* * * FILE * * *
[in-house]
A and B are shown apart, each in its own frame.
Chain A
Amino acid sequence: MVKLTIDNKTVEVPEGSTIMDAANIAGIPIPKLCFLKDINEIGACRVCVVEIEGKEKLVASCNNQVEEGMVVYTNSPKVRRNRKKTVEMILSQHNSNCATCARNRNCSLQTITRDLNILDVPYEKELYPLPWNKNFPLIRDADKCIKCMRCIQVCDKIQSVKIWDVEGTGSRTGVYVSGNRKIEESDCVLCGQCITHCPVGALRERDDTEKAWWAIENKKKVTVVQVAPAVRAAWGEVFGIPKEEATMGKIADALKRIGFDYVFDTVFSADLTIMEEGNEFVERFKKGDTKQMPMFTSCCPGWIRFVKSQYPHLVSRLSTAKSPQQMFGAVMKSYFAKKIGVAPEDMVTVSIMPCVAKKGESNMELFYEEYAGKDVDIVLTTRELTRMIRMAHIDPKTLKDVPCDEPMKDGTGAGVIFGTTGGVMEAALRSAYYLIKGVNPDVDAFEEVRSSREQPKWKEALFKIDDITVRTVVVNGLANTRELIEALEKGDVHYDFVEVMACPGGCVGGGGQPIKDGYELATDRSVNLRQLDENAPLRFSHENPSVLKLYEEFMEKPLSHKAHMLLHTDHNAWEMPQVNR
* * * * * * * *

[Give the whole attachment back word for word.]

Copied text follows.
[in-house]
A and B are shown apart, each in its own frame.
Chain A
Amino acid sequence: MVKLTIDNKTVEVPEGSTIMDAANIAGIPIPKLCFLKDINEIGACRVCVVEIEGKEKLVASCNNQVEEGMVVYTNSPKVRRNRKKTVEMILSQHNSNCATCARNRNCSLQTITRDLNILDVPYEKELYPLPWNKNFPLIRDADKCIKCMRCIQVCDKIQSVKIWDVEGTGSRTGVYVSGNRKIEESDCVLCGQCITHCPVGALRERDDTEKAWWAIENKKKVTVVQVAPAVRAAWGEVFGIPKEEATMGKIADALKRIGFDYVFDTVFSADLTIMEEGNEFVERFKKGDTKQMPMFTSCCPGWIRFVKSQYPHLVSRLSTAKSPQQMFGAVMKSYFAKKIGVAPEDMVTVSIMPCVAKKGESNMELFYEEYAGKDVDIVLTTRELTRMIRMAHIDPKTLKDVPCDEPMKDGTGAGVIFGTTGGVMEAALRSAYYLIKGVNPDVDAFEEVRSSREQPKWKEALFKIDDITVRTVVVNGLANTRELIEALEKGDVHYDFVEVMACPGGCVGGGGQPIKDGYELATDRSVNLRQLDENAPLRFSHENPSVLKLYEEFMEKPLSHKAHMLLHTDHNAWEMPQVNR